USAID and PEPFAR: Institutionalizing Local Ownership for Sustainability

March 12th, 2015
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See below for a guest post from Justin Fugle, Senior Advisor for Policy and Program Outreach for Plan International USA. This piece originally appeared on Plan’s blog on March 9.

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Although the United States Agency for International Development (USAID)’s Local Solutions is often associated with recently-departed Administrator Raj Shah, a panel discussion at Plan International USA’s office in Washington DC on March 3 made it clear that localization has deeper roots in the Agency and will continue. This is good news for aid effectiveness and for USAID itself, for Local Solutions is critical to USAID’s renewed influence in the wider development community.

As Counselor to the Agency, Susan Reichle acknowledged as much when she said, “For USAID to be the lead development agency, we need to put partnering locally front and center.”

Within the U.S. government, both the President’s Emergency Plan for AIDS relief (PEPFAR) and Millennium Challenge Corporation (MCC) continue to break new ground on local ownership for sustainability. In the wider world, the same principles have been embraced and implemented by the Department for International Development (DFID), other European aid agencies, and in the consensus documents from Paris, Accra, and Busan. Increasingly, partner country governments are insisting that donors align with local priorities, and the in-country USAID Missions hear them. Local ownership is a central assumption of the new Sustainable Development Goals (SDGs) as well. With all this in mind, the institutionalization of Local Solutions must be seen as a top USAID priority.

If Plan’s experience is any guide, institutionalizing local ownership requires a significant change in business practices and a radical shift in mindset. As donors and INGOs, we have to be willing to transfer our power to capable local actors and to be driven by their agendas. 

By doing so, we greatly increase the chances that the work will be scaled-up and sustained. Plan’s ex-post evaluations have found that when programs are jointly designed, implemented, and financed by Plan and local actors, the chance of sustainability increases significantly. During the panel, PEPFAR’s Director of Sustainability and Development Dr. Janis Timberlake agreed.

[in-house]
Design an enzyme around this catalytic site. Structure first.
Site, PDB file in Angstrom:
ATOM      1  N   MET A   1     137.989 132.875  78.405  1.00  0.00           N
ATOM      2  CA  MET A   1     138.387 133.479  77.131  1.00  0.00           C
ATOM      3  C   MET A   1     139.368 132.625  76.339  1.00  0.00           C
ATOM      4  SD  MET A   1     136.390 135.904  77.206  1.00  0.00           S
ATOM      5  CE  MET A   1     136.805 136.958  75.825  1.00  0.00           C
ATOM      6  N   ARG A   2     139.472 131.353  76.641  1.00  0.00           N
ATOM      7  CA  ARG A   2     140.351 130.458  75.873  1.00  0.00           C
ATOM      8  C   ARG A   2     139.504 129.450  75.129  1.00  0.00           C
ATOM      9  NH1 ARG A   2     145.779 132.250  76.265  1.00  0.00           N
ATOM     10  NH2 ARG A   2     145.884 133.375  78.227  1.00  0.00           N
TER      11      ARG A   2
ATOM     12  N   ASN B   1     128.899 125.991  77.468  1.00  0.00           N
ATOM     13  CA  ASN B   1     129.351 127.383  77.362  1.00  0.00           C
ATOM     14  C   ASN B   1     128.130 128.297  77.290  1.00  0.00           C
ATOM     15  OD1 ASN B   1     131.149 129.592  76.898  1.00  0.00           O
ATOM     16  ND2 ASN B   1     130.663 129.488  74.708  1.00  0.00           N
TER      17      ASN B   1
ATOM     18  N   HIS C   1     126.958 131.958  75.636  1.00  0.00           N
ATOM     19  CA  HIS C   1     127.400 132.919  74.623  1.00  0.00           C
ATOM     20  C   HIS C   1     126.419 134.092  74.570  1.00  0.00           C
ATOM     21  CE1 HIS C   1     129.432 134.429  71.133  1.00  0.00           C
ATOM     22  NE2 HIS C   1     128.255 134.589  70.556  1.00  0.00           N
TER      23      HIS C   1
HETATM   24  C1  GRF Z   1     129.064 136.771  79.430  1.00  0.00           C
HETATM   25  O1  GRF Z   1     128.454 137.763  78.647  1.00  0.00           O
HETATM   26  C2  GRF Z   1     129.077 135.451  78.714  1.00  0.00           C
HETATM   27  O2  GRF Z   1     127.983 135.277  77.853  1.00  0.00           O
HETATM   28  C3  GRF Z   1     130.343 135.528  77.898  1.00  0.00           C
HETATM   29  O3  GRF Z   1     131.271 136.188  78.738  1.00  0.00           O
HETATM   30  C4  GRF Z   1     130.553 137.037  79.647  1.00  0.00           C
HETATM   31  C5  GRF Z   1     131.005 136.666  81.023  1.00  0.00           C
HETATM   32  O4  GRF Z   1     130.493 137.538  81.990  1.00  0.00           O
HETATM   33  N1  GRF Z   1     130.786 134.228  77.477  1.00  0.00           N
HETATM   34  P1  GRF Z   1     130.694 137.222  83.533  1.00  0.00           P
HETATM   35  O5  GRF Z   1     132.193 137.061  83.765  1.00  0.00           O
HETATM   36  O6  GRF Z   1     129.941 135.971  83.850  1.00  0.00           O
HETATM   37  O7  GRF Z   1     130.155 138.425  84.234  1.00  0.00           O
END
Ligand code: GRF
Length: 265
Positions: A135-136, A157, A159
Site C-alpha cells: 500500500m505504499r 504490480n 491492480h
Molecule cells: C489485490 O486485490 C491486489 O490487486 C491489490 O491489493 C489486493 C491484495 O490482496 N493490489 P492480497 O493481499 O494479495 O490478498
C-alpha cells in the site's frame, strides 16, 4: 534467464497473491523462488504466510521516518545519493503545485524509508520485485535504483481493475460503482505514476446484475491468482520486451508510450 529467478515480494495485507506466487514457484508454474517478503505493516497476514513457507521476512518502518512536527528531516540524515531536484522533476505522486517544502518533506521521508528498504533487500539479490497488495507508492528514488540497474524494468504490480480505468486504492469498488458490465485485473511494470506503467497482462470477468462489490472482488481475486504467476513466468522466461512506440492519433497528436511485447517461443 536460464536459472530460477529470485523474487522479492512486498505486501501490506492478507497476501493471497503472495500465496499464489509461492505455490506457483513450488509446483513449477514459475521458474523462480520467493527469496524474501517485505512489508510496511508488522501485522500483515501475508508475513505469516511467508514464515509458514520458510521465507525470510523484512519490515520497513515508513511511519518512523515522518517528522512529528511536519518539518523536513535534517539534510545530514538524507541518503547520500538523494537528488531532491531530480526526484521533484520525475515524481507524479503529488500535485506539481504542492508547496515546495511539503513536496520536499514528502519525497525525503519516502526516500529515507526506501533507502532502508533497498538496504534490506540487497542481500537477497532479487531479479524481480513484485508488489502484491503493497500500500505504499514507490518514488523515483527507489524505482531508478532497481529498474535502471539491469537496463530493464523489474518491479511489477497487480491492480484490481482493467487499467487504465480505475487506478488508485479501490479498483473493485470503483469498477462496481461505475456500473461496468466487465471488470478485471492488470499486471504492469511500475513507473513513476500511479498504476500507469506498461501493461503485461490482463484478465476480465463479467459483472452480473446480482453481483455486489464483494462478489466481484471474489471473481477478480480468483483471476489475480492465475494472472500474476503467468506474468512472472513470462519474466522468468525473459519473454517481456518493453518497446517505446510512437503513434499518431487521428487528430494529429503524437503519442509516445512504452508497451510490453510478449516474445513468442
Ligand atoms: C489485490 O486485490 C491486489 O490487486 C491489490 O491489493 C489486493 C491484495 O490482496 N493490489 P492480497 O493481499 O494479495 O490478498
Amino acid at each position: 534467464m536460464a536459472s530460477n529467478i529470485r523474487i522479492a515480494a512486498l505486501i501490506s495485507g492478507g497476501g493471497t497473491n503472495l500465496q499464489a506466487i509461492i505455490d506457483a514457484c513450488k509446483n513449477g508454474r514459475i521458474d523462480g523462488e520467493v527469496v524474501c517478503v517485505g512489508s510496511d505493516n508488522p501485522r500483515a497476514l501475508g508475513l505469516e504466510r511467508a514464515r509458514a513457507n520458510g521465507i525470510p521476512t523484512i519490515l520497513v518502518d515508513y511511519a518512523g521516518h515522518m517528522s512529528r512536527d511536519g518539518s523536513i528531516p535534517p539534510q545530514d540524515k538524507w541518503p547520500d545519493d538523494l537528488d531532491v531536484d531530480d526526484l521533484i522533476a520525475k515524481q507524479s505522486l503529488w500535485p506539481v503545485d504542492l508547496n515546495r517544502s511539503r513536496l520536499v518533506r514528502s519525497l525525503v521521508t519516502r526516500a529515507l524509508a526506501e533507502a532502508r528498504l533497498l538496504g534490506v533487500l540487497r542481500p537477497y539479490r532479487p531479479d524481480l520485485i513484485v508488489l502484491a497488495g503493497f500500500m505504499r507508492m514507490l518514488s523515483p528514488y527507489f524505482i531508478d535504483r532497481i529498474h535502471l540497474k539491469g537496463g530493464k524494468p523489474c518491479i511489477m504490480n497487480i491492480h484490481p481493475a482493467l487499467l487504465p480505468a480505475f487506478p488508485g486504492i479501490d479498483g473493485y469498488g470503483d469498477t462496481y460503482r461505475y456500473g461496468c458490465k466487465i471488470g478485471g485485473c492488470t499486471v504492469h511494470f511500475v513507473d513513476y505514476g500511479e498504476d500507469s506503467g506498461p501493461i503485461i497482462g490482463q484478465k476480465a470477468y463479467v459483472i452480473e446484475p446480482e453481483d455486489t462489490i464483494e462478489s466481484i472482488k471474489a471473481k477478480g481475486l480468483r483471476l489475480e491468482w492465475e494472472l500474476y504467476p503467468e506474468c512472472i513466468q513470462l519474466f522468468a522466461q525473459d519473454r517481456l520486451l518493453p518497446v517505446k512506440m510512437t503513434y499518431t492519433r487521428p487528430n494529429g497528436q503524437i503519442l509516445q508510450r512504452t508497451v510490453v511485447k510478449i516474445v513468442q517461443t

“Our goal is programs that are locally managed, funded and implemented,” she said.

USAID Local Solutions Coordinator Liz Warfield further outlined the principles at work.

“Local Solutions is not just about [Implementation and Procurement Reform] it is using, strengthening, and partnering with local actors to achieve sustainable impact…. To fulfill USAID’s Mission of ending extreme poverty, we need to work with existing systems and not around them or against them…. In fragile states, they may need capacity development first, but even in fragile states, there are systems and we should use them…. [T]here is a clear role for international partners, but that is moving from a direct service delivery mentality to the role of broker and facilitator,” she said.

Warfield outlined a number of steps underway and planned within USAID to institutionalize this major shift. Among them is the revision of the ADS 200 Series, which is the mandatory and best practice guidance to the Missions on planning, programming, evaluation, and other key topics that significantly influence the final shape of USAID’s funding and management decisions. Other steps include staff training, staff incentives, and collecting evidence of the lasting impact of local ownership.

This last aspect is essential if Local Solutions is to survive into the next administration and beyond. Evidence is critical to support the assertions that local ownership truly increases sustainability, providing lasting benefits to the population. In that sense, one of the most significant announcements during the panel at Plan was Warfield’s explanation that USAID will collect evidence of the results of Local Solutions through mid-term evaluations, meta-evaluations, and ex-post evaluations three to five years after close-out.

As Warfield said, “The idea of ex-post evaluations will influence the way we do programming.” Rather than being satisfied with positive results at close out, USAID will move towards measuring success through sustainability. Quick but rootless gains will be exposed and practices that strengthen local systems will be favored. The axiom that what gets measured gets done mandates that if sustainability is the goal, then ex-post evaluations must join baselines, mid-terms, and finals as a standard part of USAID and PEPFAR’s program designs.